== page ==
They blew out the candles on Zinedine Zidane’s one year birthday as Real Madrid coach this week and every player he’s managed in that time should have brought him luxury ‘thank-you’ gifts worth tens of thousands of pounds – except James Rodriguez.
There’s not a Madrid footballer who hasn’t benefited one way or another from Zizou’s triumphant arrival.
They are all richer, vastly, thanks to the unbelievable bonus system at the club which means winning three trophies in a year, the Champions League in particular, will have made them another seven figures on top of their existing mega-salaries.
Almost every single member of his squad is now either playing better, looking sharper, more confident, getting more game time or progressing in his personal development thanks to the Frenchman’s attitude to both daily work (intense) and team selection (fluid).
Cristiano Ronaldo’s had what he calls ‘my best ever year’, Casemiro’s gone from dispensable to indispensable, Luka Modric has earned a whopping new contract, Karim Benzema’s been coaxed through the most traumatic personal and professional moments of his life.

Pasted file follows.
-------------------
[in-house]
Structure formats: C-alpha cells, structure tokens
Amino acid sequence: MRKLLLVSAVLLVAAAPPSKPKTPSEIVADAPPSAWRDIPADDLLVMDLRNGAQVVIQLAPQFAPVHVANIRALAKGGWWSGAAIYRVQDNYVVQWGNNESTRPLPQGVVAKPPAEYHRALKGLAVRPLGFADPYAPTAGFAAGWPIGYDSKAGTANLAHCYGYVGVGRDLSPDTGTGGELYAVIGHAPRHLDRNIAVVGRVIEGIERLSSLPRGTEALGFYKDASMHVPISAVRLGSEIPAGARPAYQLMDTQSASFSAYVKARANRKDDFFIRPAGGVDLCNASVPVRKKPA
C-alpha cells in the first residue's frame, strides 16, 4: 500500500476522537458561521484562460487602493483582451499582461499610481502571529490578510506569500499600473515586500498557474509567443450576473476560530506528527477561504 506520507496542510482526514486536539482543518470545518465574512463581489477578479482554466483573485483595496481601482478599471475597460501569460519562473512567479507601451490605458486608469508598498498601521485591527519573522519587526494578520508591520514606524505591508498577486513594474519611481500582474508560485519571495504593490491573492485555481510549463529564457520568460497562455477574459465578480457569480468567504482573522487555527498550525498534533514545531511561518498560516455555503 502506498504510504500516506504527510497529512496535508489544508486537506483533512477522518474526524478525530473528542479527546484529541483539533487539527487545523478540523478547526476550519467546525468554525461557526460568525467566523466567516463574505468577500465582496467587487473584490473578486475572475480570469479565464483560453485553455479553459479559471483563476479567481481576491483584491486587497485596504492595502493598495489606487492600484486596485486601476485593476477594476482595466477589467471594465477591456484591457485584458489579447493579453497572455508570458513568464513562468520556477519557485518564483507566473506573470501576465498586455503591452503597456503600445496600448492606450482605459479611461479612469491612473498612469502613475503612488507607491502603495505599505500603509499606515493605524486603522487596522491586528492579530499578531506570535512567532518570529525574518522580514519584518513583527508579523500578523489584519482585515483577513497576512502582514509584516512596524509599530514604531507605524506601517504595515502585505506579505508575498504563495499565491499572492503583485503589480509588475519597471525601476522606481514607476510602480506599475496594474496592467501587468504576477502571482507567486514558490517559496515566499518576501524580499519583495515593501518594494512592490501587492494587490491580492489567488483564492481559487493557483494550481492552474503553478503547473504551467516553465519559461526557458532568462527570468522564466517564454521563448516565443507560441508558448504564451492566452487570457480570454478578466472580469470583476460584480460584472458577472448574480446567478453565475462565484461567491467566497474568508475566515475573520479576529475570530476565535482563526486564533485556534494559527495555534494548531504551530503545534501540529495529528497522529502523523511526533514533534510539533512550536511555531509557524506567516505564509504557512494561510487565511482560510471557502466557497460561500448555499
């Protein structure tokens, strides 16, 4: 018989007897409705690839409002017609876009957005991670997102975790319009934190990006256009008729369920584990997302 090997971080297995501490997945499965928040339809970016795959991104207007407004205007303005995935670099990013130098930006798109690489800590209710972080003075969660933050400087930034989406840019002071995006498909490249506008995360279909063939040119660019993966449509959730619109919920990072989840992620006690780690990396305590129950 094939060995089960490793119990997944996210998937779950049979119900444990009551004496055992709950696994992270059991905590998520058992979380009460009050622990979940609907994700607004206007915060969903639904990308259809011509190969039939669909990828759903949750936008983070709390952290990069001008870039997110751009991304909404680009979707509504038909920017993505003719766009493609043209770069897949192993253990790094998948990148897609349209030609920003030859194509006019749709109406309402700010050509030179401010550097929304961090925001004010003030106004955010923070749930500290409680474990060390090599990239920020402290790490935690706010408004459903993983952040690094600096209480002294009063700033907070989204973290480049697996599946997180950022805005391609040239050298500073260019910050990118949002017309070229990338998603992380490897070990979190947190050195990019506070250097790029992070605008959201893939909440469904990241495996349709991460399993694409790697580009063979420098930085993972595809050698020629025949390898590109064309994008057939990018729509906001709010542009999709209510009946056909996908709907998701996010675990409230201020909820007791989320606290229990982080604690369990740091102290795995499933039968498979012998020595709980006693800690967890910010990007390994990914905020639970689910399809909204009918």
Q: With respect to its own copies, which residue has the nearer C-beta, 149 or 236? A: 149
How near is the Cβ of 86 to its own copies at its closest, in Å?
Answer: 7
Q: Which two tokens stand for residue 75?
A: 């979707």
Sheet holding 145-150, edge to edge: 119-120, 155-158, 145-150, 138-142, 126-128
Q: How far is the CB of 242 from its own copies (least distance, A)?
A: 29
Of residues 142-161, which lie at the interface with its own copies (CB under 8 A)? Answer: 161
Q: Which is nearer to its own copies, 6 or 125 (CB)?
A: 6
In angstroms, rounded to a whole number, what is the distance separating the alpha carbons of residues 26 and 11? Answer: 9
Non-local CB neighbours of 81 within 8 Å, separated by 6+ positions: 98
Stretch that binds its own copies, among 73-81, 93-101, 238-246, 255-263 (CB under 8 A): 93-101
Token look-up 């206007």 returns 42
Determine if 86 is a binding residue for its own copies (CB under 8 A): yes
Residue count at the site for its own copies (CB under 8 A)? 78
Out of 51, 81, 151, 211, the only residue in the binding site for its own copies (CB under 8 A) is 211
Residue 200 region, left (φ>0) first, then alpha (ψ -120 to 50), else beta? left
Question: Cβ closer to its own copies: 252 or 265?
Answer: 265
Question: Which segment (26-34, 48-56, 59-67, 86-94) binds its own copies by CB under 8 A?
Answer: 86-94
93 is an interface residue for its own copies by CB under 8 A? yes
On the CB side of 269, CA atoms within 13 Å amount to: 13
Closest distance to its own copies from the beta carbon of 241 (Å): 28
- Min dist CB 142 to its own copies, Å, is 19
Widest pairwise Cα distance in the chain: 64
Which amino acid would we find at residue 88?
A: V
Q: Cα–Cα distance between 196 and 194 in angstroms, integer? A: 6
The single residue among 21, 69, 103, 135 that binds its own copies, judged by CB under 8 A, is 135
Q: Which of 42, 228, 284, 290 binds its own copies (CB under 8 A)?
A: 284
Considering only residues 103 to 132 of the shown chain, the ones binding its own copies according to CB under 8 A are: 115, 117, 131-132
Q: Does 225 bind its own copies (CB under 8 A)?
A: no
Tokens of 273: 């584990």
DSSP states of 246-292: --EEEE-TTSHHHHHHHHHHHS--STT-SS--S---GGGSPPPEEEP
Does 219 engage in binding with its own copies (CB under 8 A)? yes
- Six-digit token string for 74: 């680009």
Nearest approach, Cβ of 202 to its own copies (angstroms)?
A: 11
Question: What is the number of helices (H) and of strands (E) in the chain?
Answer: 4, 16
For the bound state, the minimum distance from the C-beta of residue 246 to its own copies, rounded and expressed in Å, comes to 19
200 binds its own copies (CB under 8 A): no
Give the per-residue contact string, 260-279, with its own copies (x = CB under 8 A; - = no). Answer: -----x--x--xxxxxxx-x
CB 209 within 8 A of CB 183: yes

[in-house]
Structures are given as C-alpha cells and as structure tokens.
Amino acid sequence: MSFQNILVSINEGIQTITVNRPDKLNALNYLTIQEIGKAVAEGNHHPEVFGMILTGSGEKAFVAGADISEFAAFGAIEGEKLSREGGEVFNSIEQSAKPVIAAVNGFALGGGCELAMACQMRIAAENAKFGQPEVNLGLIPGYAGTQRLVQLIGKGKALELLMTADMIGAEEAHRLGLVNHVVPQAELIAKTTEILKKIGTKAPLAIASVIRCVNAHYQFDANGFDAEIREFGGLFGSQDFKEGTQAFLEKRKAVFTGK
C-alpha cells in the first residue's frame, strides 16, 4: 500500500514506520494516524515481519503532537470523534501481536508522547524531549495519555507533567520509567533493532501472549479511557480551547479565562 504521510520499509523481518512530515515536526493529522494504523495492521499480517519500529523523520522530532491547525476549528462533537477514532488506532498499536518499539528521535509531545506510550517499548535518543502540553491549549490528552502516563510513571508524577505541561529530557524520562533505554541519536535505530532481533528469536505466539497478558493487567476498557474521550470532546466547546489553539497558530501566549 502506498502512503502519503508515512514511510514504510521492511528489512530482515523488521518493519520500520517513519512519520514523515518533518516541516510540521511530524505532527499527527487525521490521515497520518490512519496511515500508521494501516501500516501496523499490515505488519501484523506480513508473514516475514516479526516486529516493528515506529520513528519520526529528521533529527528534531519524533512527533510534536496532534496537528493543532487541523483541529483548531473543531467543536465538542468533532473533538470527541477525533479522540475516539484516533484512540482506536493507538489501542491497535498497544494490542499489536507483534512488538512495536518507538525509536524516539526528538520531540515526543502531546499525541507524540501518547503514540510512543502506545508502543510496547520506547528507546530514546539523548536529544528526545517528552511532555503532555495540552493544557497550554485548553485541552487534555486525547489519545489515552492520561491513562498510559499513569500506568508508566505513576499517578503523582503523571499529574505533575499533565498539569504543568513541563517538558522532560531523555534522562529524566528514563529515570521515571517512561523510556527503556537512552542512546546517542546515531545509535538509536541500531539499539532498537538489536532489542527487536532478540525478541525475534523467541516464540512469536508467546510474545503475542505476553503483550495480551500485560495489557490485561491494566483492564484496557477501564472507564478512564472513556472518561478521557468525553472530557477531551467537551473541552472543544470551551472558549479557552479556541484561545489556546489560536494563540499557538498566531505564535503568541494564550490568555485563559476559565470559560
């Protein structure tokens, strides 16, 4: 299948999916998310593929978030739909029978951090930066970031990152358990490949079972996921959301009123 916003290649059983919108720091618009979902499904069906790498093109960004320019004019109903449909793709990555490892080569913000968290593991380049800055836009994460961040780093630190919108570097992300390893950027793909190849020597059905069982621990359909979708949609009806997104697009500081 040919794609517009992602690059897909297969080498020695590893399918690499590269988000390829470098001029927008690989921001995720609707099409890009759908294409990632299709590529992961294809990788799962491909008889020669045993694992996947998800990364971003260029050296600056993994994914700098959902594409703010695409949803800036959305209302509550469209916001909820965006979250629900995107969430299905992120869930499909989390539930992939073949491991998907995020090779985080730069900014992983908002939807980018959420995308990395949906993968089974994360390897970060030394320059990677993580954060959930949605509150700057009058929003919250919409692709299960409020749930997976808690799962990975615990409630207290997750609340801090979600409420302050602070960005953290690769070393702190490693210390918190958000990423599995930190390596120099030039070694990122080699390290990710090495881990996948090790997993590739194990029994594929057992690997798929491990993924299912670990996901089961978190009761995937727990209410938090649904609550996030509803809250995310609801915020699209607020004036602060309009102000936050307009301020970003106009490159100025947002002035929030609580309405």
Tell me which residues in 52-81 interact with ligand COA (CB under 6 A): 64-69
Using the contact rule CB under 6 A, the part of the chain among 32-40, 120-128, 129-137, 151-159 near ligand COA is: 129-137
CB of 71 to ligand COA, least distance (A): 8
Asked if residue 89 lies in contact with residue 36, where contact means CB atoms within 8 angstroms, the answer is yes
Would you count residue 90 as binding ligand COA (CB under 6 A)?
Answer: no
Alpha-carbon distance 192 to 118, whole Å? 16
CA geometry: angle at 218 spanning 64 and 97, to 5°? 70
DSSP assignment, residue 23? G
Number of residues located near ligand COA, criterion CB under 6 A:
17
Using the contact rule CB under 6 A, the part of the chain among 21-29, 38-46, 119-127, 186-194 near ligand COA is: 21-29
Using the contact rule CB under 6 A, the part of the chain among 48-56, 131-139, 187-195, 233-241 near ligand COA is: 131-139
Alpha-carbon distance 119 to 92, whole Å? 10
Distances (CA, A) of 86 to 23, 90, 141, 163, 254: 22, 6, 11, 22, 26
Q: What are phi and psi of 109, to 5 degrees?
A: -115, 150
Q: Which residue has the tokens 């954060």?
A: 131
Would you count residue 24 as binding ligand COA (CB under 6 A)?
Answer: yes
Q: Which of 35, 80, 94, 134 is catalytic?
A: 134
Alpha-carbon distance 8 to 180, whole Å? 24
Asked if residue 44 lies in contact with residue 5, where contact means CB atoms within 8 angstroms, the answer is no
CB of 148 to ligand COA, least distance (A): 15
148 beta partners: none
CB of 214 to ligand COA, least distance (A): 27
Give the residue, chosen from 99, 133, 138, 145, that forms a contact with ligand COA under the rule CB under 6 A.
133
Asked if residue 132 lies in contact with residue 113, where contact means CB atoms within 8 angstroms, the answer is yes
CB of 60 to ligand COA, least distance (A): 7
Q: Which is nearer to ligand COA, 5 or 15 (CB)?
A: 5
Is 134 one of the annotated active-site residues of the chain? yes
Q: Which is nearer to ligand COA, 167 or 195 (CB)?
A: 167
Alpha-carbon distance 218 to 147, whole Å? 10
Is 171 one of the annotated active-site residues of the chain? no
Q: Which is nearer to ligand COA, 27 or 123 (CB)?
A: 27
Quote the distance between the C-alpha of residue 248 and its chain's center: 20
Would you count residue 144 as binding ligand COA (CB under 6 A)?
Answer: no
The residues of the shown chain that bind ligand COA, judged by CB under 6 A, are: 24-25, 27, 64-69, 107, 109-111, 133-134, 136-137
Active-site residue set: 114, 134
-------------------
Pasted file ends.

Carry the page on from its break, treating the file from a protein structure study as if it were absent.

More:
Sergio Ramos keeps on popping up with dramatic goals to enhance his legend. He thinks he’s football’s Harry Houdini.
I could go on.
But not our Jimmy. You really do pronounce it Hamezz, but no matter how the Colombian’s name should be said, it should be said that if you’ve not followed James Rodríguez since summer 2014 then you’ll be shocked.
Our Jimmy was the undisputed ‘breakthrough’ star of the last World Cup .
Hollywood features, massively revered in his football-mad Colombia, electrically confident and creative throughout the tournament in Brazil as his country surged to the last eight and nearly turfed out the hosts.
His ‘Goal of the Tournament’ for a bullishly powerful and ambitious chest-control/volley against Uruguay plus his eventual goal-tally of six meant that he could mount the elite pantheon.
By winning the Golden Boot he entered a Hall of Fame occupied by legends like Kocsis, Juste Fontaine, Garrincha, Gerd Müller, Mario Kempes, Stoichkov, Eusébio, Gary Lineker, Miroslave Klose, Paolo Rossi, ‘Toto’ Schillachi and Davor Suker. Not bad.